When studying the life sciences, there are a lot of in-depth concepts to take in. Depending on the the type of science you are studying, biology vs. evolution, for example, you may even have to learn a handful of mathematical formulas to fully appreciate the material. Here, we are just having a light-hearted overview of the life sciences, so a light serving of sativa will do just fine. In my experience, sativa helps me to not get lost in wordy texts (reading that is not broken up by graphics/tables or formulas) and keep my mind sharp and able to take in all relevant information. Grinding about 60mg (less than 1/4 of a 1g bud) of sativa and smoking just a small pinch of that for over a 3-5hr period is perfect for maintaining a healthy attention span for learning. Black Flower Science Co. does not claim to be a medical professional and does not offer recommendations as a substitute for medical advice. All advice and recommendations are based on personal experience of the benefits of medical marijuana. If you are experiencing severe or declining mental health symptoms, please seek the advice of a medical professional.
In every habitat across the globe, whether it is in the land, water, or even in the air, you will find that species must interact with one another in some way, shape or form. Whether this interaction is positive or negative depends on the types of species they are, the number of animals in the area, and a myriad of other factors.
These interactions fall under a branch of biology that continues to show us brand-new wonders every day. This branch of biological study is known as “ecology.”
What is ecology? To put it as simply as possible, ecology is the interaction between organisms and their environment. That’s it! It’s not restricted to vertebrate megafauna (large-bodied species) either. No, it extends to the plant and microscopic life as well!
Ecology is comprised of a vast array of concepts and biological mechanisms that define the relationships between all sorts of species groups. For instance, a predator may interact with a prey species in a completely different way than it would with another predator, or with a plant.
Further, a terrestrial mammal may experience completely different types of ecological dynamics than a marine invertebrate would! To answer your question, “What is ecology?” let’s jump-start this series with some basic concepts of this science.
Table of Contents
The Dynamics of Species Communities
The first thing we must establish before moving forward in our understanding of ecology is the answer to the question, “What is an ecosystem?” Why does this question matter? Well, no species exists in a vacuum. Rather, every living thing on this planet must share space with one another. This means that they will be living alongside species that may or may not be related to them.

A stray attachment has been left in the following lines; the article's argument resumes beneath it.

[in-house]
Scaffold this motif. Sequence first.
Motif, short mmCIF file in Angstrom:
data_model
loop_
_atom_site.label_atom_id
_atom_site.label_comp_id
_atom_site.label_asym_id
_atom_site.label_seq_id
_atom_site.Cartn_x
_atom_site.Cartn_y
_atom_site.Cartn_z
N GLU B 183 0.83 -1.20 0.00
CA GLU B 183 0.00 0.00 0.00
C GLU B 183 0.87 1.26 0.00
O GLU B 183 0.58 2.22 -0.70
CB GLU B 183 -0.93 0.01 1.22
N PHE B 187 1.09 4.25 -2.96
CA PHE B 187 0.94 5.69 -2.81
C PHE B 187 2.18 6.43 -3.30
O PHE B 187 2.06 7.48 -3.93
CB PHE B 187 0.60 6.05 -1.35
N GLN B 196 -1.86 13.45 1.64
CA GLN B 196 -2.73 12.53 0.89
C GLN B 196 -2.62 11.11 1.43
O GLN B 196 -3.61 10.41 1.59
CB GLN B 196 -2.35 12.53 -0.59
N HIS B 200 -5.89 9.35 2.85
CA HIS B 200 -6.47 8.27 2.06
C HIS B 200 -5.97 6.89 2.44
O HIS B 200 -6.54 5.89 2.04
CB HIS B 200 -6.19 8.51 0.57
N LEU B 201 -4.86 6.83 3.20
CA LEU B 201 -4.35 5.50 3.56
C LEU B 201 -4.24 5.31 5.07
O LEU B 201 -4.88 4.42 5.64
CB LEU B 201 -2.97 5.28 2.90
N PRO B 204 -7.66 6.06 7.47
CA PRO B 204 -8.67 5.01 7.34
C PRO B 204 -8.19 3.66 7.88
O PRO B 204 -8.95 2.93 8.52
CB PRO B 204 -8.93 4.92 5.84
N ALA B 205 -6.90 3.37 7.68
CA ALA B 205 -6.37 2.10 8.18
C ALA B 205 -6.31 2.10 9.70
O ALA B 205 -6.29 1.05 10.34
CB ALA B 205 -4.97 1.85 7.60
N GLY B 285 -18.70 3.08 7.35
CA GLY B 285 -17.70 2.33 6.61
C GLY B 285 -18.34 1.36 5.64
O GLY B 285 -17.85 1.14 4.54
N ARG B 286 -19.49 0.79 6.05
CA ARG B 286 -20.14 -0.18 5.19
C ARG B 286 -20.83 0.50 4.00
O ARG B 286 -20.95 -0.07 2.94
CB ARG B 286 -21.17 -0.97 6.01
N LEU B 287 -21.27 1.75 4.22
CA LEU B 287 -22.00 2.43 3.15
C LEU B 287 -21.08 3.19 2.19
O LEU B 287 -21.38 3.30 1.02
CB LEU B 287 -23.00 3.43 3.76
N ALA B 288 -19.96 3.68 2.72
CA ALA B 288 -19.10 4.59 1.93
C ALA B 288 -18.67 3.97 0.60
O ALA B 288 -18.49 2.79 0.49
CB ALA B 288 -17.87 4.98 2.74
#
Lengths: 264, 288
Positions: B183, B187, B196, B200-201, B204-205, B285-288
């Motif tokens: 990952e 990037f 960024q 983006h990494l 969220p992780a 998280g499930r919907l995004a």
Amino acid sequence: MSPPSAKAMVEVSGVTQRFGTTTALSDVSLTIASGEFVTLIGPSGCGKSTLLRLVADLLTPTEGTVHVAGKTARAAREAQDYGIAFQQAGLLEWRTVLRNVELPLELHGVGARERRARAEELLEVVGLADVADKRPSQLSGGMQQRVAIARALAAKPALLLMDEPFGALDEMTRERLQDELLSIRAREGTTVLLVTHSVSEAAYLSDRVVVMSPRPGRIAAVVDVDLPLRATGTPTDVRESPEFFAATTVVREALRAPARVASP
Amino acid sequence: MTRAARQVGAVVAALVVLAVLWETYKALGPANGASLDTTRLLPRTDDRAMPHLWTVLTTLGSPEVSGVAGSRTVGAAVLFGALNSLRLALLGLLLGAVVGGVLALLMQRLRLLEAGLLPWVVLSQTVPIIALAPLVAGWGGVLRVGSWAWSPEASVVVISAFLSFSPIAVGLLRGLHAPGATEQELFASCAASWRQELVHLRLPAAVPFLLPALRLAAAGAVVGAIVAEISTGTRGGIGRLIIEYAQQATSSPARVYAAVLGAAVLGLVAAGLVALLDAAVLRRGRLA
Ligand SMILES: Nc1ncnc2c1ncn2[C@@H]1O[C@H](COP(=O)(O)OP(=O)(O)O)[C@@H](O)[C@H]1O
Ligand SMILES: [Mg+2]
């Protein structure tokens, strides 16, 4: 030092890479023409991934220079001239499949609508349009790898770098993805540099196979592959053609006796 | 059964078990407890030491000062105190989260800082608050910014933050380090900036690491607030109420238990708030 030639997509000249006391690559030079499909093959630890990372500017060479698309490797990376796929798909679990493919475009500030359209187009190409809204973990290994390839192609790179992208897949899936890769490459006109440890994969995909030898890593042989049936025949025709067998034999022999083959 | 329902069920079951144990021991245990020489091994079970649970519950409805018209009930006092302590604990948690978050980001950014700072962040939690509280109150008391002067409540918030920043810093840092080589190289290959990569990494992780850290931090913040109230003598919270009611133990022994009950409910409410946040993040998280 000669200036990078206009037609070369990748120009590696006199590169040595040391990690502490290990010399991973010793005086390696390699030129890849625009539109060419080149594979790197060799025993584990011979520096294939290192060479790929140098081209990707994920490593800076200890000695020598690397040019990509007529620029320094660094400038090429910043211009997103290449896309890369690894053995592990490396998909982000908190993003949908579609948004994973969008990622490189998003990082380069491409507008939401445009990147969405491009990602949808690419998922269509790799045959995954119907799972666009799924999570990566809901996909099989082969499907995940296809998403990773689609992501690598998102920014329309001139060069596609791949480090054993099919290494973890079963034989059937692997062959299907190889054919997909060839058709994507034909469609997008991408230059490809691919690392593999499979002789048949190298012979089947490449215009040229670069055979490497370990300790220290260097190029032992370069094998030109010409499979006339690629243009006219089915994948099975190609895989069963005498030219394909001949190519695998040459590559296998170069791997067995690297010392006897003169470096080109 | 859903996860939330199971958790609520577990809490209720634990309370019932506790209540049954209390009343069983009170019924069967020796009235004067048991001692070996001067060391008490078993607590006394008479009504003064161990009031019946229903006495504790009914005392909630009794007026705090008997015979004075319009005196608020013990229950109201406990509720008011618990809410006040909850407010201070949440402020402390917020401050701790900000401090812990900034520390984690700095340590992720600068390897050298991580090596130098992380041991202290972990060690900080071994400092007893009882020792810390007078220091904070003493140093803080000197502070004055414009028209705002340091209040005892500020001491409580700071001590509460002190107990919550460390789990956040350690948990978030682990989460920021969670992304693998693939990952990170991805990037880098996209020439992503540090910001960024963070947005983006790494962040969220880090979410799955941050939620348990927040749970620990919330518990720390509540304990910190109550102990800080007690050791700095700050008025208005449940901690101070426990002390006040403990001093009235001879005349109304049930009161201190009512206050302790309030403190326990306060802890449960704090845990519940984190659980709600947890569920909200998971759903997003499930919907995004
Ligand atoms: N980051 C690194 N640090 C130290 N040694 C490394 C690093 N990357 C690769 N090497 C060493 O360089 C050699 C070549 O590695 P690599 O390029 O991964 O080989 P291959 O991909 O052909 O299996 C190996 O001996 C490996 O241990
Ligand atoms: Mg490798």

Sharing space with another species can take any of the following forms:
- Sympatry: This is when a species shares not only a habitat, but the same ecological niche with another species.
- Parapatry: Two species may share a habitat, but occupy completely different niches within that habitat. For instance, a Western grey squirrel is parapatric with a mule deer, but spends more time in trees than a mule deer would (or could… at all. If you see a mule deer climbing a tree someday, hit me up).
- Allopatric: Two or more species may live in a mountainous area, so they share the same geographic region, but they are separated by a natural barrier. One species may live on one side of the mountain, and the other lives on the opposite side, occupying both different niches and habitats.
When all of these different organisms come together into one space, the results can be absolutely astounding. This is what we call “biodiversity.” The richness – officially referred to as “abundance” – of a particular habitat, measured by the number of species the area holds.
The Amazon Rainforest, for example, is one of the most biodiverse places on Earth. It is home to 1 out of every 10 known species on the planet, amounting to over 40,000 flora species (this means “plant” species) and more than 5,300 freshwater fish, reptiles, and other vertebrates. (Non-plant organisms are known as “fauna.”)
Core Mechanisms That Drive Ecology
So, what is the ecology of a place like the Amazon versus somewhere smaller and with fewer animals, like Yosemite National Park?
1. Population Growth
A population is a group of one species that lives in a given habitat. (There are different types of populations known as “subpopulations” and “metapopulations,” which we can dig a bit deeper into later.)
As a species’ population grows, the individual animals may have an easier time of finding mates, navigating migration routes, and other things that will influence their interactions with the organisms in the area. Speaking of migration…
2. Emigration and Immigration
Emigration is when a group of living things moves out of a specific area, whether it be to resource deprivation, seasonal changes, etc. Immigration, on the other hand, is when that group moves into an area, likely for similar reasons.